It’s been said there are two certainties in life: death and taxes. Personally, I think security deposits should be added to that list.
Whether you rent an apartment or a single-family home, in order to close the lease – you’ll have to plunk down a security deposit. And at times – it can be quite a bit of money!
Here are 7 proven strategies to help ensure that when it’s time to move – you get that money back.
Schedule a Pre and Post Move Out Inspection
In order to get your full deposit back, understanding move out expectations is imperative. Many landlords, and most property managers, have a detailed move out list that includes cleaning instructions, minimum repairs (if needed), and more.
Scheduling an inspection before your move out also lets you know what items might be cited as damage – providing you the opportunity to fix problems before you vacate.
If at all possible, try to attend the final inspection and walkthrough – as this will also give you the opportunity to do more cleaning, or correct any last-minute problems – as well as ensure you’ve met the required standards to get your deposit returned.
Keep receipts, particularly for carpet cleanings, take thorough photos, and even video, to document your cleaning and repair work. This provides a record that you’ve complied with instructed guidelines and can be critical evidence to get your full deposit returned if disputes arise.
The Importance of a Thorough Clean
This might go in the “obvious” category, but as a landlord myself – I’ve been surprised at how many tenants don’t clean and simply move out. Refusing to clean upon move out does not fall under the “normal wear and tear” clause listed in state law and rental leases.
And it does not take long for a professional clean to completely burn through a security deposit.
Your lease should provide specifics on the minimum level of cleaning required, such as:
- Stove, oven, and cooktops
- Bathrooms, particularly shower stalls and glass
- Blinds and windows
- Trash receptacle areas, and garbage bins
In addition, clean and repair any pet-caused damage, such as re-seeding grass, filling holes caused by pet digging, and picking up any animal waste from the premises.
If the lease does not outline required cleaning, focusing on the above-mentioned items will usually go a long way in getting your full deposit back – as these are also the most time-consuming areas to clean, if a tenant fails to do so.
While this is never a necessity to get your security deposit back, helping your landlord find a replacement tenant scores major brownie points. One of the biggest financial losses for a landlord is tenant turnover and vacancy. If you can help shorten the vacancy period, and provide a strong rental lead – especially if you were a great tenant yourself – your landlord will likely not be inclined to “nickel and dime” you, upon move out.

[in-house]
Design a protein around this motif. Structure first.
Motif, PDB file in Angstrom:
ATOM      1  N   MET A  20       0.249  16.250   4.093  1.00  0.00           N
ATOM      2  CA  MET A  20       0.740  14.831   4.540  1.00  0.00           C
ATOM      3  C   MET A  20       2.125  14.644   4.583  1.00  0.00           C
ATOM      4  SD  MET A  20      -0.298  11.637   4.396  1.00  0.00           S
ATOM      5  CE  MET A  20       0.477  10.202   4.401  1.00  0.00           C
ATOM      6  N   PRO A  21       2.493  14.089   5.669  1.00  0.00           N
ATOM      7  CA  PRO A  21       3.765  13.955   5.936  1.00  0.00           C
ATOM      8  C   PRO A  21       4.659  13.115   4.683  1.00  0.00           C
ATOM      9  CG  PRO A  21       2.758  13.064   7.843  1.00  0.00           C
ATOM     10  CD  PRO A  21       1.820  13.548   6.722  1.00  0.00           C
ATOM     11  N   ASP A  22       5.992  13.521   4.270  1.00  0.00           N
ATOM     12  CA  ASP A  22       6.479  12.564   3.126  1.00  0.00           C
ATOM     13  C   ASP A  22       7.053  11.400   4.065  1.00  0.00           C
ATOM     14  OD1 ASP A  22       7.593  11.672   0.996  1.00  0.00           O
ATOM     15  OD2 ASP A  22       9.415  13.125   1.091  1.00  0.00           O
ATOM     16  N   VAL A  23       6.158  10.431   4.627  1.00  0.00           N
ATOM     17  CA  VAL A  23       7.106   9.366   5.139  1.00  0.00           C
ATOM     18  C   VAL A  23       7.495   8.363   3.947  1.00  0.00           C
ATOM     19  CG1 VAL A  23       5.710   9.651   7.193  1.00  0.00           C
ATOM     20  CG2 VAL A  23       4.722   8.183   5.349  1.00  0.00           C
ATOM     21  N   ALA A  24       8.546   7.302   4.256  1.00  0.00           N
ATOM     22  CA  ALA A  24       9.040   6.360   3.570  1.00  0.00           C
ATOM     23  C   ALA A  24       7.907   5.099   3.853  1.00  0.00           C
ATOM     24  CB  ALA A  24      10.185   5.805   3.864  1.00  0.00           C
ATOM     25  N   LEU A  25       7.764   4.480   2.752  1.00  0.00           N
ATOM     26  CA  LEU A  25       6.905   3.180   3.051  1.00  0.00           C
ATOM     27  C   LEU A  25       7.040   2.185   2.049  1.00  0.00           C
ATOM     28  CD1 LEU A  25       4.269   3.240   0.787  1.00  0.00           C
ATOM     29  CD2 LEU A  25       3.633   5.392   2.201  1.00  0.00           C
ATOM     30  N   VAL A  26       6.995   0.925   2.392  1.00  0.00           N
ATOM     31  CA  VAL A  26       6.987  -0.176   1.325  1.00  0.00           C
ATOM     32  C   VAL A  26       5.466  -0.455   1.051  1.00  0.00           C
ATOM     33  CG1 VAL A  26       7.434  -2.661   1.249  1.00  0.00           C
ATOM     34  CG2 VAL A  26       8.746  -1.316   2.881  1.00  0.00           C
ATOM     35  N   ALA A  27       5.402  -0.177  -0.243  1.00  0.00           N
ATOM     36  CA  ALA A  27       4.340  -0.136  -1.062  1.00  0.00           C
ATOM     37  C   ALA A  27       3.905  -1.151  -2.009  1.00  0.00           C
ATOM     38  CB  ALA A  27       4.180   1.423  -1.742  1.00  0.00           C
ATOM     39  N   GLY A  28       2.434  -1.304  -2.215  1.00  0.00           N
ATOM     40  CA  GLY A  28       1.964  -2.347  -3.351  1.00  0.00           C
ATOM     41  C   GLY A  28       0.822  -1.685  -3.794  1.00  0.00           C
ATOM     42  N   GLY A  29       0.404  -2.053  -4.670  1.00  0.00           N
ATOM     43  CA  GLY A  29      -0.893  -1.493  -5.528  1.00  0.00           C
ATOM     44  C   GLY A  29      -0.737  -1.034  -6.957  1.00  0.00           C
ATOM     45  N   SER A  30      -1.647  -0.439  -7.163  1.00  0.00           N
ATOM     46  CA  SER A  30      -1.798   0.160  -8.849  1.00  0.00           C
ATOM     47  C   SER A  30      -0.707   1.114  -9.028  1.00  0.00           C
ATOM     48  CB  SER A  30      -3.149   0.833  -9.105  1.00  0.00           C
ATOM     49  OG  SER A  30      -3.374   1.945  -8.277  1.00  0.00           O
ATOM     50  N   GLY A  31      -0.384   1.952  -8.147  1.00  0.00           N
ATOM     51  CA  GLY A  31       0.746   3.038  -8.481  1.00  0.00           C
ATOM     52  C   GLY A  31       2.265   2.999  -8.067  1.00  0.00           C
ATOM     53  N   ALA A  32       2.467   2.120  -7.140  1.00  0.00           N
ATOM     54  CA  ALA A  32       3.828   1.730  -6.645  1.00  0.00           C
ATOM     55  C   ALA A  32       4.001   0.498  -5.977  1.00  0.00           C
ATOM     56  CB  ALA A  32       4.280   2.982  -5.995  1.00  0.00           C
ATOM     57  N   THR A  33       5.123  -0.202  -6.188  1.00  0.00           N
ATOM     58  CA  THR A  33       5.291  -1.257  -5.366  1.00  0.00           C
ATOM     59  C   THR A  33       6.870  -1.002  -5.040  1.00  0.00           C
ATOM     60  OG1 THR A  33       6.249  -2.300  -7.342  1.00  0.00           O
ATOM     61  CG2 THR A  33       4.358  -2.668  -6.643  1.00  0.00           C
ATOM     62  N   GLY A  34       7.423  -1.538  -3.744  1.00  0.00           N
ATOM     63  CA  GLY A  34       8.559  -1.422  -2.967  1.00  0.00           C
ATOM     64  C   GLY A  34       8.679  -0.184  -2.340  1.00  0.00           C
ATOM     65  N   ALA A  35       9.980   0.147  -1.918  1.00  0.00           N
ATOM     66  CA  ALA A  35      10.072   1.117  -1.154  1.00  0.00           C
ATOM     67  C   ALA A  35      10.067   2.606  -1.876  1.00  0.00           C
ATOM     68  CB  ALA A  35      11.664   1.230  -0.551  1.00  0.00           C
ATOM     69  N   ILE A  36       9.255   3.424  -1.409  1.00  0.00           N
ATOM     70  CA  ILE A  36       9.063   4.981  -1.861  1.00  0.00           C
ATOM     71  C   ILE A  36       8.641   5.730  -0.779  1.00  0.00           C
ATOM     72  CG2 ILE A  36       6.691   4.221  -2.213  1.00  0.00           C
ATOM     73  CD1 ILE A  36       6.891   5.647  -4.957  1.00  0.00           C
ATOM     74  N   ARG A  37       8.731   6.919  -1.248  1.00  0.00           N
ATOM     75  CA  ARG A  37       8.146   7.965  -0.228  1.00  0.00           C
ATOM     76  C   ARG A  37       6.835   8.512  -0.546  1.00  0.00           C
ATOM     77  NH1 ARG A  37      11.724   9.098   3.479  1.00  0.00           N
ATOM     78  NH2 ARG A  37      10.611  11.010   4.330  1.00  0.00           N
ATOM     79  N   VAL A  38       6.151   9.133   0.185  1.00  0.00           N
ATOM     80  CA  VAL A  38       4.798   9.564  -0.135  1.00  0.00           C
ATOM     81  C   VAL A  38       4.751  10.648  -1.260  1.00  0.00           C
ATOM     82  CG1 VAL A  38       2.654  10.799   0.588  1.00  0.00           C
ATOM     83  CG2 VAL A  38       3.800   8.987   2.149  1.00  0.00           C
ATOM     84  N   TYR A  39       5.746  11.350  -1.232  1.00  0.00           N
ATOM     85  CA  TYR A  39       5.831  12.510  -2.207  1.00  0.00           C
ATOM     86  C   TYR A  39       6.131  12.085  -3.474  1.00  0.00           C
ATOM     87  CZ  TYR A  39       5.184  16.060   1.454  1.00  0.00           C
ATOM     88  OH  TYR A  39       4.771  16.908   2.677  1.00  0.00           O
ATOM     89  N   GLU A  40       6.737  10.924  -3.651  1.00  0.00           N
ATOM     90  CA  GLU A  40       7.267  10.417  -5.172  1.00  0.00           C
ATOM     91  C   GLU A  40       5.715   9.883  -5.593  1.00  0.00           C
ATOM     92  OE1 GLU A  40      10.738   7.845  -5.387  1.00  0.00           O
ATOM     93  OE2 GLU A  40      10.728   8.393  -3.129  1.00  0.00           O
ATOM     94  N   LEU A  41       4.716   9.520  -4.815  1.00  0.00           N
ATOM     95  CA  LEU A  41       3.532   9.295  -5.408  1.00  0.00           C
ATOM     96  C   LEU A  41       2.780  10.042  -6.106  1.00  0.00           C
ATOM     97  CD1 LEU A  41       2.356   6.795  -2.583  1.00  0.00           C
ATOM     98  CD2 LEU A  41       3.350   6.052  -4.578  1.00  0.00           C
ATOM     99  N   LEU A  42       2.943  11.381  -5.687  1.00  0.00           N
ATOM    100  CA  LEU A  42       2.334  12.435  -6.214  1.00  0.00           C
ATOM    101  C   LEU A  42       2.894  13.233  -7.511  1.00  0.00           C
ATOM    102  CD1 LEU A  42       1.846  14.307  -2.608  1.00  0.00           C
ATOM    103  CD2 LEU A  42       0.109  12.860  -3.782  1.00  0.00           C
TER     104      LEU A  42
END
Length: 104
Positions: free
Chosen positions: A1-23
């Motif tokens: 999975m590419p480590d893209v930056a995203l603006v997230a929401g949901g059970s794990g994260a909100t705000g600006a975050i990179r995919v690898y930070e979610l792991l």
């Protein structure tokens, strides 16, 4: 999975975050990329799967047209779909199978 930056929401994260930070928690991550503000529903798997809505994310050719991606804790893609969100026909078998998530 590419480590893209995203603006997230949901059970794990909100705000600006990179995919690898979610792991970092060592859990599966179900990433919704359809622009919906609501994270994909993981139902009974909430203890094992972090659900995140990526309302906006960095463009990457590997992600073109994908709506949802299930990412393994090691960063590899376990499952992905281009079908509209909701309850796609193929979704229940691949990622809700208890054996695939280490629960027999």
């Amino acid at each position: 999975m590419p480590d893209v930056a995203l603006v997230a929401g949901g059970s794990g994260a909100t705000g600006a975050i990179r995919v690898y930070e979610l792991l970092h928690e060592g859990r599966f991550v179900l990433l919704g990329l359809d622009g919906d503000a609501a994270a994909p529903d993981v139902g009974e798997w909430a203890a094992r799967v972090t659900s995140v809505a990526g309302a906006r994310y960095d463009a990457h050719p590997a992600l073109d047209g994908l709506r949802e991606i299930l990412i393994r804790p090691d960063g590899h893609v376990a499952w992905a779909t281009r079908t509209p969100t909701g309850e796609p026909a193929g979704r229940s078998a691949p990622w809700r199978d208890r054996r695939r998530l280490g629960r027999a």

Brush Up on State Security Deposit Laws before you Terminate
All states have enacted legislation governing landlord/tenant law, which also includes the regulation of security deposits.
Highlights of these regulations typically include:
- What minimum notification standards must be provided to terminate a lease (most states require at least 30 days), and by what method (in writing, certified mail, etc.)
- When and how security deposits must be returned (this can range from 14 days to 60)
- If portions of the deposit are withheld, many states require an itemization of how monies were used, i.e. unpaid utility bills, tenant/pet-caused repairs, cleaning, etc
It’s worth your time to learn what legally can and cannot be done, in regard to returning your deposit – so you can spot a violation, if it occurs.
State law and statutes can be found here. Landlordology.com or NOLO.com are also excellent guides, with tailored real estate sections.
Understand and Comply with your Lease
In addition to state law, your lease will govern how a deposit will be returned, and what your expectations are, as a tenant.
For example, your lease should explicitly state:
- Governance of pet deposits (these are normally non-refundable)
- Level of cleaning and receipts required (a professional rug-cleaning with the receipt provided is a good example)
- Any automatic forfeitures of your entire deposit, such as evidence of cigarette smoking in a non-smoking unit, or other explicitly prohibited behaviors
Before you terminate your lease, ensure you take a look through it – to see what clauses apply to you.
Reconcile Unpaid Bills Before you Depart
Notify utility companies to terminate your billing cycle, and return the billing account to the landlord/property manager effective upon your move-out date. Ensure all accounts are paid and reconciled before you depart. If they are not, and final bills are sent to your landlord, you can all but guarantee these bills will be deducted from your security deposit.
Additionally, determine if you’ll need a bulk trash pick-up upon move out, then schedule and pay for that service in advance. Bulk pick-up is nearly always an extra charge if it has not been scheduled, or can even incur hefty city fines for illegal dumping.
Forwarding Addresses and Follow-up
Don’t forget to provide a forwarding address if your deposit will be returned via mail. Direct deposit eliminates the need for mailing, but unfortunately is not always an option offered. Military necessity may mean your deposit is forwarded to a trusted family member or friend if you do not yet have a forwarding address for your next house.
Understanding the reasons why portions of your deposit may be withheld – can help you avoid pitfalls, to ensure you get your full deposit back!
Written by: Kristi Adams